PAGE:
When my first child was just 3 years old, I began having her help me empty the dishwasher. All of the plastic plates and cups were in a low cupboard where she could reach them and easily put items away. She emptied the dishwasher like this until she was old enough to reach the upper cupboards and handle glass carefully. At that point, she was also able to load the dishwasher. She was probably about 8 years old at that time.
Now she is 14-years old and has two sisters to help in the dish rotation. Each night, they rotate on who loads, handwashes, and dries/puts away the dishes after each meal.
In addition, I continue to train my younger children in different chores around the home. These are important habits to know and there are a few things we’ve learned along the way.
This post may contain affiliate links through which Club31Women might get a small compensation – with no additional cost to you. See my disclosure policy here.
Here are two important ingredients when training your children to help around the home:
There’s a difference between working side by side and working together.
Teaching our children to work as a team when it comes to keeping house is a great way to teach problem- solving skills, help them learn to appreciate each other, and build their relationships.
In the book Cleaning House, the author, Kay, talks specifically about working together on projects outside the normal housekeeping duties.
I have seen my children rise to the occasion of working together toward a common goal before, so I definitely know they are capable. Gabriella, my 14-year old, is a leader at heart and can naturally delegate and direct her siblings to specific jobs to help the completion of a project.
But, how can we keep our children motivated? Threatening doesn’t work (trust me). Neither does yelling. One thing I have noticed in the past is the satisfaction of having a clean room is a great motivator.
Children actually delight in a clean room and are more apt to play and spend time in it. A project that benefits them offers motivation.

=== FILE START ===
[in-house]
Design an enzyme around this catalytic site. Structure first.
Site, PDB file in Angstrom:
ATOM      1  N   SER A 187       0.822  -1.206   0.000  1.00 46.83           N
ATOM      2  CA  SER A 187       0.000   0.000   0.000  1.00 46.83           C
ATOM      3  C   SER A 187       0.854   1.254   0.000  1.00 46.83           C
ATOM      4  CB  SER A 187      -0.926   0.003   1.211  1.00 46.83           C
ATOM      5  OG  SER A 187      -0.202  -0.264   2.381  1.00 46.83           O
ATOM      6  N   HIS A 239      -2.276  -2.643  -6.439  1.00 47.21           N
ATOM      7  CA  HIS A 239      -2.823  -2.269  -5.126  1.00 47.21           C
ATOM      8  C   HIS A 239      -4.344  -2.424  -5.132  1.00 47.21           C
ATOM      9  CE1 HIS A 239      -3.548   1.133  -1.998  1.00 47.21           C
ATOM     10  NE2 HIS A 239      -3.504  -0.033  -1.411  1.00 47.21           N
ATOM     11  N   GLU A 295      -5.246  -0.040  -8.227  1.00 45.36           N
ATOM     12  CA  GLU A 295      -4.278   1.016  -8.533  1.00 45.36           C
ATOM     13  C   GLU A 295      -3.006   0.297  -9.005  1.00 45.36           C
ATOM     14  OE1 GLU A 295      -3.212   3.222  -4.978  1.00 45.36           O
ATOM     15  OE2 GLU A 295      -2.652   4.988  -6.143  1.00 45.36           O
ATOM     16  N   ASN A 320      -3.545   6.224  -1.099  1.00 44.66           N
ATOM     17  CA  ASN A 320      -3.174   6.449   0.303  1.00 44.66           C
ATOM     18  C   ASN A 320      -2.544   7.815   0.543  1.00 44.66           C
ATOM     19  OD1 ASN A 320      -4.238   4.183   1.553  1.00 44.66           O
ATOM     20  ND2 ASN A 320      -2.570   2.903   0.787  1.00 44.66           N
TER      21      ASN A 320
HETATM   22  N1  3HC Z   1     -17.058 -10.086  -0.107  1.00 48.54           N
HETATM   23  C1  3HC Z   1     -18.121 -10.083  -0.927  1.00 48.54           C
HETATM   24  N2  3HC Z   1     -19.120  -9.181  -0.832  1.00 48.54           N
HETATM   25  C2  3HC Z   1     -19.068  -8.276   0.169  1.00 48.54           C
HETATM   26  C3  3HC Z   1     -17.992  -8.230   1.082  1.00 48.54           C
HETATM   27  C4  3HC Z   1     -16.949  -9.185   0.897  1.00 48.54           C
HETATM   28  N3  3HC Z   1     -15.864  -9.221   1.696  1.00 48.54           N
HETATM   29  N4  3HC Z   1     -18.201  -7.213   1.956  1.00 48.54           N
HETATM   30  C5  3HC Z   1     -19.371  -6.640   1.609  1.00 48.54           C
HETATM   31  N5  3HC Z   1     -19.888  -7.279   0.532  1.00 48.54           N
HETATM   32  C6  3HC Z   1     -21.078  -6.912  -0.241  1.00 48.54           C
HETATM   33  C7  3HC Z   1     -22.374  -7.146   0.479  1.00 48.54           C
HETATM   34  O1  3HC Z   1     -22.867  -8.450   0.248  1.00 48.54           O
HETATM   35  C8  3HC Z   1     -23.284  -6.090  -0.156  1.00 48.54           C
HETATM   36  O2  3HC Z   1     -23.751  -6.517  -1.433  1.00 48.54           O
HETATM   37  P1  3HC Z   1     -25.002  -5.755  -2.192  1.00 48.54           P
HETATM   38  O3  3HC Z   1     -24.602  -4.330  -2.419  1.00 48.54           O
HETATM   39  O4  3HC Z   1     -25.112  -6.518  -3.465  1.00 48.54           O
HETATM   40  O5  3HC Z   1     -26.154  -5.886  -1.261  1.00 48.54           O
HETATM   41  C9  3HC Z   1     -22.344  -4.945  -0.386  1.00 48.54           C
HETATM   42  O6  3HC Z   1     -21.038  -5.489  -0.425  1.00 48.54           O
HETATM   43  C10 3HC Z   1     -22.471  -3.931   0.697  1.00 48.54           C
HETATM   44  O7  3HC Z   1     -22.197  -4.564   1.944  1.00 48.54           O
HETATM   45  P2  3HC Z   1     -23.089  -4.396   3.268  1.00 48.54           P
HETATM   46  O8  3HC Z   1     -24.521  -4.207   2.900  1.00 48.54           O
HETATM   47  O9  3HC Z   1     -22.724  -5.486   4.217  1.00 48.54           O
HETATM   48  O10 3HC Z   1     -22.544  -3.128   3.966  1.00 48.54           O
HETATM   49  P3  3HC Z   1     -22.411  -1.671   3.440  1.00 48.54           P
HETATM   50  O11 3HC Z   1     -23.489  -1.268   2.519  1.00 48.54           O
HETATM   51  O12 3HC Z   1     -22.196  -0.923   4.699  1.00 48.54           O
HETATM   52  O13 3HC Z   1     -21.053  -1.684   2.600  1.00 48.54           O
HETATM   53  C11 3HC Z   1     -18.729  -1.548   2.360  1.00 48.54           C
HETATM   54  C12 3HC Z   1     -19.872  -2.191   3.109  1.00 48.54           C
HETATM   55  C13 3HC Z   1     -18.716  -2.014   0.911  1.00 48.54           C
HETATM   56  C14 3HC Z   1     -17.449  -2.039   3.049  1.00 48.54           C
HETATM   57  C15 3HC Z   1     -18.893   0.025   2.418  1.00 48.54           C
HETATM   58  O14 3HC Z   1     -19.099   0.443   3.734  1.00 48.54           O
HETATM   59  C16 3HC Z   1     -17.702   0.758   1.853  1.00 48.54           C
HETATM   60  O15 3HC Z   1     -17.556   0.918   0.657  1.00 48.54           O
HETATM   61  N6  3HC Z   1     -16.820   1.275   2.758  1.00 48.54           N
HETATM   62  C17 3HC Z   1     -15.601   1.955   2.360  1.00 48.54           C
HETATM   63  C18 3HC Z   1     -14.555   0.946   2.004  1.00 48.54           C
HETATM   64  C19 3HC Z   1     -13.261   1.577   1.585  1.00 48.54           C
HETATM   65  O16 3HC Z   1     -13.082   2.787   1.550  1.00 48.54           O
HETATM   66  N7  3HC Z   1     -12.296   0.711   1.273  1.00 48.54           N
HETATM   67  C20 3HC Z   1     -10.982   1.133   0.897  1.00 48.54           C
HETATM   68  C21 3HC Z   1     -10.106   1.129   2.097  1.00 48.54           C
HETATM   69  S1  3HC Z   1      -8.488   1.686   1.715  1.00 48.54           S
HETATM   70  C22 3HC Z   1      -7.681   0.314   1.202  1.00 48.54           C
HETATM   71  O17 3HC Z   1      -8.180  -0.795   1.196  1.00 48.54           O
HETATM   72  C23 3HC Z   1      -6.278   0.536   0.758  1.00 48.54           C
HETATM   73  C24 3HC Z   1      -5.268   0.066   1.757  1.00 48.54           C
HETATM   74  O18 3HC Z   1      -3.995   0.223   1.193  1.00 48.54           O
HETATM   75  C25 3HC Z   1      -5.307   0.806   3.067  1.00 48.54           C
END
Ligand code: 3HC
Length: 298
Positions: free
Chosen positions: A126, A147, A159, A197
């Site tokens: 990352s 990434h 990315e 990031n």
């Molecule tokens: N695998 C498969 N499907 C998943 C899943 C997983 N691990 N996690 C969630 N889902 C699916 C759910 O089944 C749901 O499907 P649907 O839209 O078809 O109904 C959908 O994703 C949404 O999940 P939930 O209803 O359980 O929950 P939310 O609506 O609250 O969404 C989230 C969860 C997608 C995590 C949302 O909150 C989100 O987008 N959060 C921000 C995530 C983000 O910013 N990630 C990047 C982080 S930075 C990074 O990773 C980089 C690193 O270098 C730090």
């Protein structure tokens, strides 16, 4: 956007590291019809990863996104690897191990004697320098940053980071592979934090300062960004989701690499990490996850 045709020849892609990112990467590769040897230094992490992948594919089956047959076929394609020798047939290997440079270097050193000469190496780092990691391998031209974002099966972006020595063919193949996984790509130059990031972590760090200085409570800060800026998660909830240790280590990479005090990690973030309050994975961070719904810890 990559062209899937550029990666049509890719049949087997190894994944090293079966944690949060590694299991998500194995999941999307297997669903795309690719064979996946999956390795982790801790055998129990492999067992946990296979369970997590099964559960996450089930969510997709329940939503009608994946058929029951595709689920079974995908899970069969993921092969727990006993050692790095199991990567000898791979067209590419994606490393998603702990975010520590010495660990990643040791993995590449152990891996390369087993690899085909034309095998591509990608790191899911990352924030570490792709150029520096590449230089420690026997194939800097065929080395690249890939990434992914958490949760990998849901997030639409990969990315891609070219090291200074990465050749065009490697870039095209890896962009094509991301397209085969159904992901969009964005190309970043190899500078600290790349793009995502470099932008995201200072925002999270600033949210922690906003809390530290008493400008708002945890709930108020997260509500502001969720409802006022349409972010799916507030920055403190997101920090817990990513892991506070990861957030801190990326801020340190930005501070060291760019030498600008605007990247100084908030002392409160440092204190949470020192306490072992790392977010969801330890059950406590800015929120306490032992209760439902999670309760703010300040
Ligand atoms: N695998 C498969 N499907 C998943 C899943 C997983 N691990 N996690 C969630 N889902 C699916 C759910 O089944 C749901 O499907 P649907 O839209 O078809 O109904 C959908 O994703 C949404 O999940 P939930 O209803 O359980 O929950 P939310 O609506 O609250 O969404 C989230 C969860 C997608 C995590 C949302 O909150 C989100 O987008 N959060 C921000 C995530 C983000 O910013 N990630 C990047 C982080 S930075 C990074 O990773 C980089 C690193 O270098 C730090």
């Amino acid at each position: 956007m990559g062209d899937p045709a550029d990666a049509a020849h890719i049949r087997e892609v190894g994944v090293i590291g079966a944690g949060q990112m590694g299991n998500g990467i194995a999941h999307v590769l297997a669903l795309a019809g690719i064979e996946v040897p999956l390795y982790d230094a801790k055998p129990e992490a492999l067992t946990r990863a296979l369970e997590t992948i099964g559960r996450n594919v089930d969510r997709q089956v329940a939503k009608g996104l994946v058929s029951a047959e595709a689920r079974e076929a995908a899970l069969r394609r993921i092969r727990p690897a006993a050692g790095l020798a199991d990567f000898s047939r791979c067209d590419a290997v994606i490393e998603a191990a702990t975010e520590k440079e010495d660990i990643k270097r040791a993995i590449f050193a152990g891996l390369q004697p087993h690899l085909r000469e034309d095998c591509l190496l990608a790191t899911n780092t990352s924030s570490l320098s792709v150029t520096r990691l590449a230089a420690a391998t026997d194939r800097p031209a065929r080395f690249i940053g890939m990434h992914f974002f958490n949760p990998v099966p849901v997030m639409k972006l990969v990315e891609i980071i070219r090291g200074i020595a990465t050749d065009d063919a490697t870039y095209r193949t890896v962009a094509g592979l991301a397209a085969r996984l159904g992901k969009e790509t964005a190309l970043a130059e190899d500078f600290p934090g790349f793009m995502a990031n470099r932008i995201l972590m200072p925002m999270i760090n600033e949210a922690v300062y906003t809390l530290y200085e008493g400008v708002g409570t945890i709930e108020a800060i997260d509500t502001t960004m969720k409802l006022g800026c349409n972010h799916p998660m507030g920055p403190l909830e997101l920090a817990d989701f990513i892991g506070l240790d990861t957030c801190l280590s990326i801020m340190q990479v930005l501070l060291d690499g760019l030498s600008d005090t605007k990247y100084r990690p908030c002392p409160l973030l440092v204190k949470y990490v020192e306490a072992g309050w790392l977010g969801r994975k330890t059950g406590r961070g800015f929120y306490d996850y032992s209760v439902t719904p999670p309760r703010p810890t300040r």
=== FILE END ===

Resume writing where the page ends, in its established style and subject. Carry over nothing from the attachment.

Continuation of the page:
Another thing is reminding them as a family, we are a team. We work together to make our house a home. Everyone has a vital part to fulfill.
If my kids don’t work happily (and often they don’t), I have no one to blame but myself for that. I have grumbled a lot about how I “just cleaned that up” or “I can’t keep up” or “can’t you clean up after yourself?” Children pick up on this attitude. The cleaning cycle never ends and we can choose to grumble or work with a good attitude.
Cleaning house happily means it begins with me.
My eldest daughter is a reflection of me. When I see some of her reactions or facial expressions, it’s like looking into a mirror of the past. When I recognize it, I really try to lighten the mood, and she does the exact thing I used to do; try to hide the fact that she’s trying not to smile or laugh, even though she wants to.
I used to love cooking. My first born loved everything I put in front of her. Mostly still does. At age 3 she was a salad eater. Nearly unheard of at that age!
But as my family has grown over the years, so has the pickiness and grumbles. I no longer enjoy making meals because at least one person complains they don’t like what I’ve made. I’m totally being raw here and am not saying my reaction to this behavior is good or right.
The truth is, complaining pierces my heart, and it makes me not want to cook. Hearing that day after day, meal after meal, it just sucks out any desire.
Consider how our children must feel when we complain constantly about the mess? As moms, we need to remember our children are still in training. Patience with them is a must.
Real Life is Work
This process isn’t just about cleaning. It’s about teaching our children that life involves work. That’s just the way it is. They cannot grow up to believe that everything will be handed to them, done for them, or work in their favor 100% of the time. This type of thinking could really blind them to reality.
It’s also important to point out how crucial it is to make sure we are affirming our children when they do a job well done. This empowers them to keep pushing on, and even take the initiative to go above and beyond their expected duties.
Do you struggle with having a bad attitude about cleaning house?
For His Glory,
Christin has been married to her high school sweetheart for 20+ years and together they have seven children. She enjoys writing, reading, weightlifting, and challenging herself to new things.
Her passion is to pursue holiness and wholeness in Christ. You can find her on Instagram at instgram.com/christinslade